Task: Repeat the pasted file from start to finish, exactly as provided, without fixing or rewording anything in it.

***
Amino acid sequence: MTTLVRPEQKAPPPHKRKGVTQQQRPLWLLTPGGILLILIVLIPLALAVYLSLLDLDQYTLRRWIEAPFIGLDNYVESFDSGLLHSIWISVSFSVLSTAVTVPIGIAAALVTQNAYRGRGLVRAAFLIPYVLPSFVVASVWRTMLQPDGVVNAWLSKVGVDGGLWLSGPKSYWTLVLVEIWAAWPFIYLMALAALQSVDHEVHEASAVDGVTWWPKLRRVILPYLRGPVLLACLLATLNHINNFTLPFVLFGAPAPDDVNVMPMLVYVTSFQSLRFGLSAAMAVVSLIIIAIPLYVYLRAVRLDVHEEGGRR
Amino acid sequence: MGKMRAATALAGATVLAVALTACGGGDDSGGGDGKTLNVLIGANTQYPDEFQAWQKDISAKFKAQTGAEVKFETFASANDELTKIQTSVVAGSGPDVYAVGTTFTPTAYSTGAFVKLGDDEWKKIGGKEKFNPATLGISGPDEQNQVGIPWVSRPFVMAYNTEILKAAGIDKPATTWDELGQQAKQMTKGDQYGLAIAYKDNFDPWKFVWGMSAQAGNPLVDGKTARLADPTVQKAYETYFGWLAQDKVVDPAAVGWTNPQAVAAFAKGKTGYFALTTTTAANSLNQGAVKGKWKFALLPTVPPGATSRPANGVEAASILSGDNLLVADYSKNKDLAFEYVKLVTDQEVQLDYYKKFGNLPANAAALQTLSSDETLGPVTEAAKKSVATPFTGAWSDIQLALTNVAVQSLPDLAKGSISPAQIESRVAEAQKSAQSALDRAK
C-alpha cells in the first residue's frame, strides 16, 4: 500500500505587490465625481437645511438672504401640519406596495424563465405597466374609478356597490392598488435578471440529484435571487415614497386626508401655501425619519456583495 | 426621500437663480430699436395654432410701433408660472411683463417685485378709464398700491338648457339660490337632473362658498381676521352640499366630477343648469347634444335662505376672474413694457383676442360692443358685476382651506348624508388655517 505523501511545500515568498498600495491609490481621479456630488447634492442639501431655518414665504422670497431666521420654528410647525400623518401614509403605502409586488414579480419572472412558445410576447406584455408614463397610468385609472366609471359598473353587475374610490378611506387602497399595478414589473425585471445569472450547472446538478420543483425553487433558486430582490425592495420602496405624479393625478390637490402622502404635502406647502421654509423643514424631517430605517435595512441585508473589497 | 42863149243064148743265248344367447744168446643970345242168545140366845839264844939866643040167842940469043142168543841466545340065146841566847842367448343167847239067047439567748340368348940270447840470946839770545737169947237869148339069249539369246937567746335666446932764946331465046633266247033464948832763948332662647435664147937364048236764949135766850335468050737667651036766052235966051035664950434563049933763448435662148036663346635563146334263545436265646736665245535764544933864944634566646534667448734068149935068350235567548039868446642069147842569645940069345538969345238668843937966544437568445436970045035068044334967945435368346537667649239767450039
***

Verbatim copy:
Amino acid sequence: MTTLVRPEQKAPPPHKRKGVTQQQRPLWLLTPGGILLILIVLIPLALAVYLSLLDLDQYTLRRWIEAPFIGLDNYVESFDSGLLHSIWISVSFSVLSTAVTVPIGIAAALVTQNAYRGRGLVRAAFLIPYVLPSFVVASVWRTMLQPDGVVNAWLSKVGVDGGLWLSGPKSYWTLVLVEIWAAWPFIYLMALAALQSVDHEVHEASAVDGVTWWPKLRRVILPYLRGPVLLACLLATLNHINNFTLPFVLFGAPAPDDVNVMPMLVYVTSFQSLRFGLSAAMAVVSLIIIAIPLYVYLRAVRLDVHEEGGRR
Amino acid sequence: MGKMRAATALAGATVLAVALTACGGGDDSGGGDGKTLNVLIGANTQYPDEFQAWQKDISAKFKAQTGAEVKFETFASANDELTKIQTSVVAGSGPDVYAVGTTFTPTAYSTGAFVKLGDDEWKKIGGKEKFNPATLGISGPDEQNQVGIPWVSRPFVMAYNTEILKAAGIDKPATTWDELGQQAKQMTKGDQYGLAIAYKDNFDPWKFVWGMSAQAGNPLVDGKTARLADPTVQKAYETYFGWLAQDKVVDPAAVGWTNPQAVAAFAKGKTGYFALTTTTAANSLNQGAVKGKWKFALLPTVPPGATSRPANGVEAASILSGDNLLVADYSKNKDLAFEYVKLVTDQEVQLDYYKKFGNLPANAAALQTLSSDETLGPVTEAAKKSVATPFTGAWSDIQLALTNVAVQSLPDLAKGSISPAQIESRVAEAQKSAQSALDRAK
C-alpha cells in the first residue's frame, strides 16, 4: 500500500505587490465625481437645511438672504401640519406596495424563465405597466374609478356597490392598488435578471440529484435571487415614497386626508401655501425619519456583495 | 426621500437663480430699436395654432410701433408660472411683463417685485378709464398700491338648457339660490337632473362658498381676521352640499366630477343648469347634444335662505376672474413694457383676442360692443358685476382651506348624508388655517 505523501511545500515568498498600495491609490481621479456630488447634492442639501431655518414665504422670497431666521420654528410647525400623518401614509403605502409586488414579480419572472412558445410576447406584455408614463397610468385609472366609471359598473353587475374610490378611506387602497399595478414589473425585471445569472450547472446538478420543483425553487433558486430582490425592495420602496405624479393625478390637490402622502404635502406647502421654509423643514424631517430605517435595512441585508473589497 | 42863149243064148743265248344367447744168446643970345242168545140366845839264844939866643040167842940469043142168543841466545340065146841566847842367448343167847239067047439567748340368348940270447840470946839770545737169947237869148339069249539369246937567746335666446932764946331465046633266247033464948832763948332662647435664147937364048236764949135766850335468050737667651036766052235966051035664950434563049933763448435662148036663346635563146334263545436265646736665245535764544933864944634566646534667448734068149935068350235567548039868446642069147842569645940069345538969345238668843937966544437568445436970045035068044334967945435368346537667649239767450039